Alternatively, take the issue of how civil we should be with those we have significant political disagreements with. Scott Alexander, one of my favourite bloggers (the habit of titling sections with Roman numerals didn't come from nowhere!) has written in favour of being polite and focussing on reasoned discussion and debate; his opponents in this debate argue that, since [they] are right, [they] should do whatever it takes to make certain that [their] political ideas are implemented, including belittling, straw-manning, lying about and insulting opponents. It seems obvious to me that if one of these methods were to be chosen for universal usage, it should be Scott's advocated system of politeness and honesty; but from the perspective of an individual who believes him or herself to be right, one would surely prefer the more intellectually violent approach.


As I skated over earlier, there is a crucial way in which all of these examples differ from the standard Prisoners' Dilemma model, which is that they have far more than just the two parties to the matrix. In the charity example I was able to sort-of hide this by viewing it all in aggregates, but for tell culture and all sorts of other beneficial or potentially-beneficial social norms it becomes a lot harder.

In The Invention of Lying, nobody lies until one man suddenly gains the ability to do so. He takes advantage of this for significant advantage before undergoing character development and starting to use it for good - or at least, what he sees as being good. If someone like George Constanza had gained this ability, then his personal gains would have been absolutely massive - exceeded only be the damage wreaked upon the rest of society. Let us define a society as "a group of people conforming to one or more rules or principles governing their behaviour". The bigger a society is, the more gain there is to be had by taking advantage of people's expectations that you will conform to that rule. If the two prisoners were allowed to communicate, then perhaps they could work out a way to co-operate. As the number of prisoners increases, though, the harder it becomes to achieve this co-operation.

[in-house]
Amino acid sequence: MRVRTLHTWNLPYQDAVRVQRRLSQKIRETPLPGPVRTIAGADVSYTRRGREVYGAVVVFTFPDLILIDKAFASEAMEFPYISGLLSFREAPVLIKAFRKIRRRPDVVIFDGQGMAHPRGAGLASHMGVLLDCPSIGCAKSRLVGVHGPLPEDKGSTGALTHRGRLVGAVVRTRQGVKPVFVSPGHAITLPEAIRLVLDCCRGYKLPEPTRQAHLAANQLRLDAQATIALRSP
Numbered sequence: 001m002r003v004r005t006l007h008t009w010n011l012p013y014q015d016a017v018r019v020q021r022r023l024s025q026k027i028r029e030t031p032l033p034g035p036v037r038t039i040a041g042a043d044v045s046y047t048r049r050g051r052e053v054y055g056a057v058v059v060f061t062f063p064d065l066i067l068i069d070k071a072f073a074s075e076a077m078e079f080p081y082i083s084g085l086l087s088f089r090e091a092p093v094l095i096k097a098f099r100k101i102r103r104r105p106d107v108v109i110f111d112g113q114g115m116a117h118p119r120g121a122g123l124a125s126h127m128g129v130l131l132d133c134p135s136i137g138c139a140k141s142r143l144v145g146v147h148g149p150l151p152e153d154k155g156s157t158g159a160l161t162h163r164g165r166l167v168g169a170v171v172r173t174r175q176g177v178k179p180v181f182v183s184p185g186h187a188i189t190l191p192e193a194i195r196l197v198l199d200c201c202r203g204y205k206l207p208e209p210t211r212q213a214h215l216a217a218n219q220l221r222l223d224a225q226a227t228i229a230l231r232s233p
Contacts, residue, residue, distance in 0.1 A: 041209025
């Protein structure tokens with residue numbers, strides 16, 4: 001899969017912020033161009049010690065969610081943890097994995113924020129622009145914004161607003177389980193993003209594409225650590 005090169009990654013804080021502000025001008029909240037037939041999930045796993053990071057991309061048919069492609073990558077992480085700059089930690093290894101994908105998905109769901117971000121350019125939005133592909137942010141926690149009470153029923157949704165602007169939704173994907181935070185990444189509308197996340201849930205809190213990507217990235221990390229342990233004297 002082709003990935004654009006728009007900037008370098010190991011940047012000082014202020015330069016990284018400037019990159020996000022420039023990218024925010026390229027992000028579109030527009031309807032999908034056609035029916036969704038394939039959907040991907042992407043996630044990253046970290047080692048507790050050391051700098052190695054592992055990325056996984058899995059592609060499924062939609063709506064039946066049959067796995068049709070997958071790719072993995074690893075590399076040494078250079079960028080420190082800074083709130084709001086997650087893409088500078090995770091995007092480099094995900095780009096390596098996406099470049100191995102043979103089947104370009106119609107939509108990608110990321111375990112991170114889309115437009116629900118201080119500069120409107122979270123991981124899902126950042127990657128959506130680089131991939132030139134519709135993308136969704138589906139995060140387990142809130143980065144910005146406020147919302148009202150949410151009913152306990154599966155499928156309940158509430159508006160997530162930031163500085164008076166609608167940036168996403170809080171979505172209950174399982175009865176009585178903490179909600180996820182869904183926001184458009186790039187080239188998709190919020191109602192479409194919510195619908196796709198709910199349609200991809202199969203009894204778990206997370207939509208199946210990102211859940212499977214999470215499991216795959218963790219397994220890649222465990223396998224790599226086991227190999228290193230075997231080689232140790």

What other things affect the ability to achieve co-operation in such dilemmas? Feelings of goodwill between the prisoners are very useful - if your wellbeing is a part of my own wellbeing function, then I may be motivated to sacrifice my own interests to promote yours. These feelings of goodwill can be achieved in numerous ways - obviously ties of family and friendship are significant factors, but something as little as sharing a language or living on the same continent can serve to increase people's benevolence towards one another.


With this in mind, what can we do to promote greater co-operation in the Dilemmas which arise for us in our lives? One traditional response is to create an enforcer of co-operation - indeed, this is generally seen as the key function of government - to prevent us from theft and other such crimes which benefit ourselves at the expense of the rest of society. But in many cases this is not a practical solution - the typical office can hardly afford a policeman to enforce a ban on internal politics. Plus, the useful parts of real-world governments tend to come with a lot of unwanted and grossly harmful parts - indeed, government itself creates many dilemmas. If everyone were to refrain from lobbying for pork-barrel or minority-interest spending, then government would be cheaper and would do less harm to competitive markets, but it is not in anyone's individual interest to stop competing for government to favour their particular interest groups.

We can attempt to keep societies small - it will be harder for a person to get away with pursuing personal interest at social expense in small societies than in larger ones. But this doesn't really solve the problem for most human interactions, since small societies are unlikely to be able to practise the division of labour necessary to sustain the full richness of modern life.

"Moral bioenhancement" might move us somewhere towards a solution, but is potentially just pushing the issue to a new level - sure, society as a whole is better off for people taking moral bioenhancement treatment, but an individual who only pretends to take the treatment (or who had previously taken an antidote) can still take advantage of the rest of society due to the expectation of co-operation. Besides which, it's not clear to what extent this is merely futuristic and to what extent it is pseudoscience.

What about feelings of goodwill? If nothing else, this is a solid self-interested reason to be nice to other people. But again, this is far from anything approaching a complete solution.

So is there something which can be done to promote co-operation among large groups of people, without relying on undependable things like trust or crude things like state or vigilante violence? Comment are welcome.